The capitolist. (Middletown, Pa.) 1969-1973, October 19, 1972, Image 1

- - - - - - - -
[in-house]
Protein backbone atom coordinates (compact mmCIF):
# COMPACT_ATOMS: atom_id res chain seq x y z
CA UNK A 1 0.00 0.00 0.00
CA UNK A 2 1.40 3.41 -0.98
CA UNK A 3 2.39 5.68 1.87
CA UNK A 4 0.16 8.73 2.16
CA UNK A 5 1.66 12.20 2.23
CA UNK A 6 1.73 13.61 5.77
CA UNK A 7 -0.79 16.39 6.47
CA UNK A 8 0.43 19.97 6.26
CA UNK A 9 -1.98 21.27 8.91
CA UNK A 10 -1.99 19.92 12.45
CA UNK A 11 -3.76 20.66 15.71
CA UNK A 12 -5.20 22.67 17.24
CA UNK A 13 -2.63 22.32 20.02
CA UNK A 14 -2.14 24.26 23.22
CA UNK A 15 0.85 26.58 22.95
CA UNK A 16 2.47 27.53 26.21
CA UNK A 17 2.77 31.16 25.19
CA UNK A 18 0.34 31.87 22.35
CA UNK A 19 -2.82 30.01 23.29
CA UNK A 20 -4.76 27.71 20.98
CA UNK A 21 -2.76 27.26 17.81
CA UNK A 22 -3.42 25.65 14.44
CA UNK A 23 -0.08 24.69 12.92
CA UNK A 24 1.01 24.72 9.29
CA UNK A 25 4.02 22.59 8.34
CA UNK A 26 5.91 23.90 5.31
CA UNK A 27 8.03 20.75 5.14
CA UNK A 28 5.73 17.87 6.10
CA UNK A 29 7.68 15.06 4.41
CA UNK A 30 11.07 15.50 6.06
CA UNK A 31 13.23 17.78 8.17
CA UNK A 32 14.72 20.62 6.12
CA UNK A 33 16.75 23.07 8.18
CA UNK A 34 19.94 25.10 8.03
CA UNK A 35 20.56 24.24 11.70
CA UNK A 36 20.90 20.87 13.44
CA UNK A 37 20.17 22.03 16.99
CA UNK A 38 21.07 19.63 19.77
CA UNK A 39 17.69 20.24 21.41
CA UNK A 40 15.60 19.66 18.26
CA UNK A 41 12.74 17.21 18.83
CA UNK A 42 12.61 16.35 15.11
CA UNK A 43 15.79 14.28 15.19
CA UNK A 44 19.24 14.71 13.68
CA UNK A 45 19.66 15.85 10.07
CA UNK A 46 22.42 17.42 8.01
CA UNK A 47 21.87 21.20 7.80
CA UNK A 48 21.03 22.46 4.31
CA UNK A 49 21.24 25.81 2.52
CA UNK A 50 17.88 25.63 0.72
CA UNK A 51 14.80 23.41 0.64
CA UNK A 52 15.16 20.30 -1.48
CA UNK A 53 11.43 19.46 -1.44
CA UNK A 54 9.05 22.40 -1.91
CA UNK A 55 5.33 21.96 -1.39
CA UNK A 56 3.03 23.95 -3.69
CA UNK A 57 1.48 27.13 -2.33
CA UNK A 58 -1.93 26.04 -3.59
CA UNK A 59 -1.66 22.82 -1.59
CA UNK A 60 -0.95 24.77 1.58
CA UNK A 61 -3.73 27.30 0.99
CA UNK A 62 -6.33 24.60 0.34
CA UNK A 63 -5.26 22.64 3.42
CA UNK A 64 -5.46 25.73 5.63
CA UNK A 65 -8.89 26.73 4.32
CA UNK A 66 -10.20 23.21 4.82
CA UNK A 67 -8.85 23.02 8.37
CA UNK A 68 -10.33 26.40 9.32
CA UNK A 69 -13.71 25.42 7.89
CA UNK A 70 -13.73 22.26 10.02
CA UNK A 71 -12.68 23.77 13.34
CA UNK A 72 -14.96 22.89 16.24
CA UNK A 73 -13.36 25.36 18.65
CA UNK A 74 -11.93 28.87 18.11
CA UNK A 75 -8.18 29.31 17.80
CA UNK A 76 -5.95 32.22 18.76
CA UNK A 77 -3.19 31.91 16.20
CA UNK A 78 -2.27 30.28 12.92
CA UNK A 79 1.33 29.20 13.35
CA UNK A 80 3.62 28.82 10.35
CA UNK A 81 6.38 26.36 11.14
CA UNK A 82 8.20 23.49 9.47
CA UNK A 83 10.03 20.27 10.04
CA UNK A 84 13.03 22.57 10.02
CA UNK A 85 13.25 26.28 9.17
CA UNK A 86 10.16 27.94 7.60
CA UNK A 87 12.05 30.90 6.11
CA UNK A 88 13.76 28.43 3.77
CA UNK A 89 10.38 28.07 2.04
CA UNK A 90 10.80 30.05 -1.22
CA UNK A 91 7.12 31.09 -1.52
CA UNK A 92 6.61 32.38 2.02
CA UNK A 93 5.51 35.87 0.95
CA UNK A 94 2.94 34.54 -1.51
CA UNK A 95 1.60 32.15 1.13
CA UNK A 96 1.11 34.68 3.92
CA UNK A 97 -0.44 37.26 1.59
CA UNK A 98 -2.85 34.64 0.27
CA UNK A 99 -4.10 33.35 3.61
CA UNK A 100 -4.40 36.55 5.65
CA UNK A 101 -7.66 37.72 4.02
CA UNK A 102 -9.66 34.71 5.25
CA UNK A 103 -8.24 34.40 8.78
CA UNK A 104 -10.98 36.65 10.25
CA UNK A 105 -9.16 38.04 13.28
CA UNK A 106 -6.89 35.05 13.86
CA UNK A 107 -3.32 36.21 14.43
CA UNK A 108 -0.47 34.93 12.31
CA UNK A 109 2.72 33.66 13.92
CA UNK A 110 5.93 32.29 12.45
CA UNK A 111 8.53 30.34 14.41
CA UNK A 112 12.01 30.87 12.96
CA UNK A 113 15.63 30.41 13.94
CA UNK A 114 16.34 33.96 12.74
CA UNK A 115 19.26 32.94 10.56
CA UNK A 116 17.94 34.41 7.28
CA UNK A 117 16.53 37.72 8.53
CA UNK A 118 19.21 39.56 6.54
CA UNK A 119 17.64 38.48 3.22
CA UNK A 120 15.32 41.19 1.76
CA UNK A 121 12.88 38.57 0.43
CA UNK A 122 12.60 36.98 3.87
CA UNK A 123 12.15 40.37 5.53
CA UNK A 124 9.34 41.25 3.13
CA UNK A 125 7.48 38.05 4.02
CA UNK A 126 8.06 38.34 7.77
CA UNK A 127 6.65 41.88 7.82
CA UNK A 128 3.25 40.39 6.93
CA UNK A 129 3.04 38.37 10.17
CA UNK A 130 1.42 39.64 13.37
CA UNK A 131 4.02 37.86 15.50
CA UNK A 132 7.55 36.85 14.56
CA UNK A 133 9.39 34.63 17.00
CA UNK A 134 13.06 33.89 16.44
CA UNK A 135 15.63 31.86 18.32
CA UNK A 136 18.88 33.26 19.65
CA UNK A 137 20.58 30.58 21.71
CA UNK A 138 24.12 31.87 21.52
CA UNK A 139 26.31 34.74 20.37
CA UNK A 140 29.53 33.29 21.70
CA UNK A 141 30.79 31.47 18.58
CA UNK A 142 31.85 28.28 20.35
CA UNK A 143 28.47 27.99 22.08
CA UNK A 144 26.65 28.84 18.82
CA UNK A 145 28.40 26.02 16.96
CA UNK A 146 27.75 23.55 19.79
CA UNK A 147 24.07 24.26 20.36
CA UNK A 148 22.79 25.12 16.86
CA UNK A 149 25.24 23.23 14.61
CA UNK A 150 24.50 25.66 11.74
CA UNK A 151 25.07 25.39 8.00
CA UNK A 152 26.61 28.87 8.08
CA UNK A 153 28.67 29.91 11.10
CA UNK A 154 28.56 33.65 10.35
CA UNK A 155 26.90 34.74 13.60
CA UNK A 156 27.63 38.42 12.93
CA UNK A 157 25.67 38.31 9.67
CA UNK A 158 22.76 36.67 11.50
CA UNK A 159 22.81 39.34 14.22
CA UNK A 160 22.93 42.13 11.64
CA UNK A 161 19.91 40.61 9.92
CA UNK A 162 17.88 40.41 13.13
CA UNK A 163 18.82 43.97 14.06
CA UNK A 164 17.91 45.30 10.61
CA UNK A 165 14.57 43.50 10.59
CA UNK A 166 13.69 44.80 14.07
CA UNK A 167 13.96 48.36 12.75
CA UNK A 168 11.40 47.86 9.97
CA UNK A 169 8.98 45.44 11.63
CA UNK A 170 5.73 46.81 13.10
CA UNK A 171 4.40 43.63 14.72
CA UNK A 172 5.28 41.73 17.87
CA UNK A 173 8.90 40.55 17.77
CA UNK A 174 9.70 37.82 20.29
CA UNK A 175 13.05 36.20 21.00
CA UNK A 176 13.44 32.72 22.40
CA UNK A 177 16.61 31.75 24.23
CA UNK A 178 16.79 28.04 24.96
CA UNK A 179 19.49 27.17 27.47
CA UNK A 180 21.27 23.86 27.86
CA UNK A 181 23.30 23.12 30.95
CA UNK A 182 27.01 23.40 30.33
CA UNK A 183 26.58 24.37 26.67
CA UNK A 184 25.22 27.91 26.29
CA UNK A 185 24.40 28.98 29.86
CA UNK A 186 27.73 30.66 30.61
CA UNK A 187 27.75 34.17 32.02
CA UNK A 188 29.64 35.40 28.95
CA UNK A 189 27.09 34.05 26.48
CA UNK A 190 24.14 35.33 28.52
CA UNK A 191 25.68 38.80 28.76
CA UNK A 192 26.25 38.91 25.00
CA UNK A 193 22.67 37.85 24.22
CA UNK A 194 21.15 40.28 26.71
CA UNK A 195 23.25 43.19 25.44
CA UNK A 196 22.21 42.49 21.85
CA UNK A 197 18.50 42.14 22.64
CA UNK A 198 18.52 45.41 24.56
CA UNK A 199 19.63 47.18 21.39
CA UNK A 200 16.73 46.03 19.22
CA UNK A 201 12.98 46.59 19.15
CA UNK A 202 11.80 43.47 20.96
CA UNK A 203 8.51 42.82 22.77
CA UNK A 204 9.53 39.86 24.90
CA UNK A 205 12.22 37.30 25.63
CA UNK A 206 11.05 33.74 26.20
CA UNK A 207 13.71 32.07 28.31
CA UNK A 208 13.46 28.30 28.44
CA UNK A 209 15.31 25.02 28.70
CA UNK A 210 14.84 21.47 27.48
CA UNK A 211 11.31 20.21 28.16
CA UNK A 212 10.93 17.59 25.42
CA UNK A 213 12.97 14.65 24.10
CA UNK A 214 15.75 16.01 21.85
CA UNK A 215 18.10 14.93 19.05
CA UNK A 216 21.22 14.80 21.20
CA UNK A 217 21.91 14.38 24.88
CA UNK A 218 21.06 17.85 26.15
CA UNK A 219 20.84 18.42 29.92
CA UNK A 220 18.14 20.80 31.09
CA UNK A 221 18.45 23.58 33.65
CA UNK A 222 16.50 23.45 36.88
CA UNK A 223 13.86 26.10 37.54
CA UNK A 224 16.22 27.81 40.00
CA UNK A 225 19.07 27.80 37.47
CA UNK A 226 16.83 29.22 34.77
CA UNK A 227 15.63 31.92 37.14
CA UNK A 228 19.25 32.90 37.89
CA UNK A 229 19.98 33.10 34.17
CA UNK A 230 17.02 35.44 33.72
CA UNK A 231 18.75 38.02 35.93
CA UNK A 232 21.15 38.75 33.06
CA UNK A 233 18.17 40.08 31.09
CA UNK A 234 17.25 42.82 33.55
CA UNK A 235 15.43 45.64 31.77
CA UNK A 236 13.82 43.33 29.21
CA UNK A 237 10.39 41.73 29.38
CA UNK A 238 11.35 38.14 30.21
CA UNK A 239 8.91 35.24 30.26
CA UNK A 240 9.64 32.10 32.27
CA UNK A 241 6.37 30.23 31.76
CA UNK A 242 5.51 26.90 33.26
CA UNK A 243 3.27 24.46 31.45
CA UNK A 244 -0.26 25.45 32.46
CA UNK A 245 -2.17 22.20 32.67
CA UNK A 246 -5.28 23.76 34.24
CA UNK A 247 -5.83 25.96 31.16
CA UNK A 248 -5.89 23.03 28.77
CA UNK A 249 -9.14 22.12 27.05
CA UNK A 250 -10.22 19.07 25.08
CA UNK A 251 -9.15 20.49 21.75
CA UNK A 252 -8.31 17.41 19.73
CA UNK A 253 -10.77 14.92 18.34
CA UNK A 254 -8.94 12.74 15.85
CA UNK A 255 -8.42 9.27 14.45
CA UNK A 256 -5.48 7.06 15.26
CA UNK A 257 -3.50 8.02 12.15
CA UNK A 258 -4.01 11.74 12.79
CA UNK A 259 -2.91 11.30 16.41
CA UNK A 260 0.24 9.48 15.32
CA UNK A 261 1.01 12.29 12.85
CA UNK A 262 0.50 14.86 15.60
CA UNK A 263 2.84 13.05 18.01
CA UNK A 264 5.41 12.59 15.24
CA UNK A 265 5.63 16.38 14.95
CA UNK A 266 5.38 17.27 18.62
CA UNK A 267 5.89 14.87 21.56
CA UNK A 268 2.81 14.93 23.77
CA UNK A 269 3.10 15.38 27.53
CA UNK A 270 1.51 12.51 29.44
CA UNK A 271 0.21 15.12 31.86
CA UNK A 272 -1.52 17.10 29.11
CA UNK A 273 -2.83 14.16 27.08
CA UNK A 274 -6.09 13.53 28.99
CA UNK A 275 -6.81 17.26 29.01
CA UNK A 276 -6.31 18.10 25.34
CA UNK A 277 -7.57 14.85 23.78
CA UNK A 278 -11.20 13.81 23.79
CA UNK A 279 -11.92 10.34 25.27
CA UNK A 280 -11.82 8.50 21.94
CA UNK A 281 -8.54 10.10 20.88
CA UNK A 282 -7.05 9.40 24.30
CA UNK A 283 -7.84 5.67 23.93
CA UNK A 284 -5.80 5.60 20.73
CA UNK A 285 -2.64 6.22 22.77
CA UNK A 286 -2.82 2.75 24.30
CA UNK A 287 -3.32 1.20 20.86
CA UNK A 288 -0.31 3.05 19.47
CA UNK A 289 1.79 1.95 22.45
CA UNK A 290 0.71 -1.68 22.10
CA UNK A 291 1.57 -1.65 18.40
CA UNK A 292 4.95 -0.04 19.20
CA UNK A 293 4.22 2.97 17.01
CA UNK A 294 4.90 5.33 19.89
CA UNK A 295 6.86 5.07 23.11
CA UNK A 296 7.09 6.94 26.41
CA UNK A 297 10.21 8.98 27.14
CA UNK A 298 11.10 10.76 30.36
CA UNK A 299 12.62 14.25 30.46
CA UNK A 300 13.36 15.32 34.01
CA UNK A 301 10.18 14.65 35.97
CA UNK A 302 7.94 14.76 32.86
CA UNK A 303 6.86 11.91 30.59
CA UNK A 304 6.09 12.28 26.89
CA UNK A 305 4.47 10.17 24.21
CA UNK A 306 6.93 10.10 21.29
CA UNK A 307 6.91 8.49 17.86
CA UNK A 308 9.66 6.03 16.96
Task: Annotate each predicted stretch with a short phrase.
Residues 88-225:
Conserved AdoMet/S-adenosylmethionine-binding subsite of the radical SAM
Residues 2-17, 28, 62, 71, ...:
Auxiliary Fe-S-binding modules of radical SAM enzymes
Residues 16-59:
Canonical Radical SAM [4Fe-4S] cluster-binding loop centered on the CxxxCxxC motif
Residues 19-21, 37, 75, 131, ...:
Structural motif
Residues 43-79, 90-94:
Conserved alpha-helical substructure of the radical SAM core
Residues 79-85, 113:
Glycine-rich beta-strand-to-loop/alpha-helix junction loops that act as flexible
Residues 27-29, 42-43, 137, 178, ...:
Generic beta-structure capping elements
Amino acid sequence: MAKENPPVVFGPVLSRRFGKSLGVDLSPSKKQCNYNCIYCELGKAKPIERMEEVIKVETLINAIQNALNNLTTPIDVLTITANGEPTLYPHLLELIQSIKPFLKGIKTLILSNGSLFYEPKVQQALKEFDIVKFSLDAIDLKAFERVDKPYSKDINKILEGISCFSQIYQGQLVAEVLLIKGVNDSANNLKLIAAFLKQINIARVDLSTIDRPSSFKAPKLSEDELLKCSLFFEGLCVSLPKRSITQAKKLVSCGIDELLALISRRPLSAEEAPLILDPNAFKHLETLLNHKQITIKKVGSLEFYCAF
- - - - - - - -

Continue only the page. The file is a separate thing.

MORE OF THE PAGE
THE CAPITOLIST Vol. VIII, No. 5 lection Bulletin Tuesday's SGA el - ections have ended with the selection of 9 juniors. - The vote,. went as follows: SO SCIENCE Michael Leasher, 74 Karl Salmon, 60,John Murphy, 42, Cathy Brewington, 47. All four candidates are new senators. James Herbst with 38 and Bob Hetzel with 12 finished in the bal loting. In BUSINESS, Bob Brannan with 69 was elected as program senator while Bill Mathews with 42 is a senator at-large. Nick Spengler had 38 and finished out of the money. Other program senators elected were Harold Brown, HUMANITIES; Michael Pierce, EL ED and Dave Wolfe, Engineer In the presidential voting, George McGov ern received 166 vot votes to President' Nixon's 129. PRESIDENTS COUNCIL MEETING There will be a meeting of the campus' President's Council on Thursday, October 26 at 7:00 p.m. in the TV Lounge. Topics to be discussed include the goals and puiposes of the organization, possible revisions of the body's constitution, combined speaker symposiums, and discussions of club activities. The person who is the executive head or designated representative of each organization chartered under the auspices of the Student Government Association automatically qualifies as a member of the President's Council. The Vice-President of the SGA serves as chairman of the Council. The Vice-President of the President's Council is Bob Bonaker, who was elected to that post by a unanimous vote at the last meeting on October 12. The present constitution of the President's Council states that a representative of each campus club must attend each meeting or the charter of an absent club will be revoked upon two consecutive absences. A discontinued charter means that all allocated funds are withdrawn. A part of the musical group CATAMIRPE, which came last Friday. The Social Committee brought the group to campus Grad Student Information by R.W. Bonaker With this issue, THE CAPITOLIST begins a regular feature of information that is of special interest to graduate students and those people having a desire to apply for graduate school. Dr. Robert J. Brown is dean of Capitol's graduate programs. Currently, 382 students have enrolled in the graduate programs of administration, american studies, engineering science, elementary education, humanities, public administration and regional planning. 165 people are classified as non-degree or adjunct students, for a total of 545 graduate students. There is no formal organization of graduate students at the present time. There is a remote possibility of future organization if necessitated by academic problems that may arise, especially grade appeals and general graduate student input regarding the formulation of new courses and new programs of study. Dr. Raymond S. Klein is chairman of the graduate program in administration . Other degree program coordinators include: Dr. Robert A. Conover, engineering science; Dr. Irwin Richman, american studies; Dr. Stanley N. Miller, education; Dr. J. Ingraham Clark, regional planning; and Dr. Daniel M. Poore, public administration. For full-time graduate students whose education is not subsidized by their employer, fmancial assistance is available. The necessary information and applications for fmancial aid, fellowships and grants-in-aid can be obtained from Patrica L. Young, Financial Aid Counselor, "All The News That Fits . . . . We Print" CAPITOL CAMPUS - MIDDLETOWN, PA. in the Office of Academic Services, E-106. The graduate information office has announced that applications for Eric A. Walker Fellowships, general fellowship supplements and tuition grant-in-aid will be received by University Park, 317 Kern Graduate Building until Fevruary 20,1973. However, anyone applying for these funds cannot have enrolled in the PSU Graduate School. The stipend can provide up to $260 per month plus re mission of tuition. The amount made available will largely depend upon the availability of funds. The scholarshipi .are open to students in all graduate majors regardless of degree sought. Eligible applicants will also be considered for NDEA Fellowships and NSF Traineeships. Each applicant must be nominated by his academic program; each program nominating a maximum of three students. All applicants must submit GRE scores (verbal and quantitative) or the equivalent in order to be considered. Complete transcripts and three letters of recommendation are required. The awards will be announced after March 30, 1973 444444 The Not Lire The Hot Line - Capitol's own all night telephone counseling service began operation on Monday evening, October 9, at 8:00 p.m. The Hot Line is available to any Capitol Campus Community member from 8 p.m. to 8 a.m. any evening, on such personal problems as: drugs, the draft, problem pregnancy, school, anxiety, depression, roommate conflicts, and general information. Need someone to talk to? Call the Hot Line - dial 944-1033. Max Brady to Resign as SGA VP SGA President Mike Dini read a written announcement from Vice President Max Brady at Monday's Senate meeting. In the letter, Brady indicated that he is seriously considering to resign as vice-president. A formal announcement from Brady is expected in the next few days. That was the only statement coming out of the meeting concerning the announcement. Since the Tuesday election has passed, the SGA president has the power to appoint a vice-president. Details are only tentative at this time. More details will be offered in next week's issue of THE CAPITOLIST. Dini also announced that Provost Robert E. McDermott has concurred with the SGA and Faculty council resolutions calling for a suspension of classes on November 6 and 7. Individual faculty members have the option to voluntarily suspend dames to enable students to work in their home voting districts. "In support of the spirit the SGA and Faculty Council resolutions pertaining to student participation in the election, Provost Robert E. McDermott requests that faculty make allowance for class absences for that purpose without penalty. Students must make advance arrangements with their instructors for the fulfillment of class responsibilities.", Dr. Robert J. Brown, Associate Dean of Faculty reported." Acting under powers granted him by a resolution of the Senate, Dini made temporary ppointments of students to serve on Faculty Organization committees. Other appointtees and their committess include: Jack Coyle, Bookstore Activities; James B. Harris, Computer Facilities; Gene Bryan, Physical Plant; Donald Snyder, Academic Admissions Standards; Randall Blumline and Steve Hutter, Academic and Athletic Standards, Awards and Scholarships; Harold E. Brown, Community Contacts Robert Lipton and Steve Hutter, Library; Robert Bonaker and Marilyn Levin, Student Affairs. The SGA is preparing to publish a student leader directory. As the name implies, it will be a digested listing if those affiliated with the SGA as well as campus organizations. WHO'S WHO of AMERICAN COLLEGES and UNIVERSITIES singles out outstanding students who have displayed high academic October 19, 1972 achievement as well as participating in extra-curricular activities. WHO'S WHO allows individual colleges to establish their own criteria for selection but limits the number which can be selected. The SGA formed a committee composed •of Gene Bryan, Debra Young, Bonnie McSweeny and Harry Franzreb to begin work on the selection process and establishment of criteria. Faculty membership on the committee will be included. The Do-Nothing Club was designated as an organization by the Charter Review Committee, chaired by Judy LePere. Some 30 people are interested in becoming members. The club has a purpose of attempting to get those students, who literally do nothing, to become involved in activities as the club sees fit in the light of the present system. Club activities will be reportedly funded by its membership. Actually, the name of the organization is misleading. Other issues discussed included the Finance Committee which will come up with a budget for the married students apartments next week. A community to set up commencement programs has been established. A few senators reported that their constituents have had problems with the Finance Office in regards to the availability of check-cashing money and scholarship funds. The possibility of establishing a transportation service for disabled students was also discussed. Comments were made that some students were forced to walk to the Main Building from the dormitories because they could not find a ride. The Senate unanimously sponsored a motion urging the installation of pedestrian walkways between the dorms and the Main Building. The motion will be referred to the Task Force on Space and Facility Unitization. Din i mentioned that the academic calender submitted by the SGA to Provost McDermott has received high praise in many quarters. A final decision will be made in the next few weeks. ***** * * * * They Always Had Their Man (CPS) After several years of searching, Mexican police finally captured that nation's most wanted criminal, an outlaw credited with 20 murders. The outlaw had given up his wild ways and joined a police force. In fact, he had just been promoted to sergeant when he was arrested.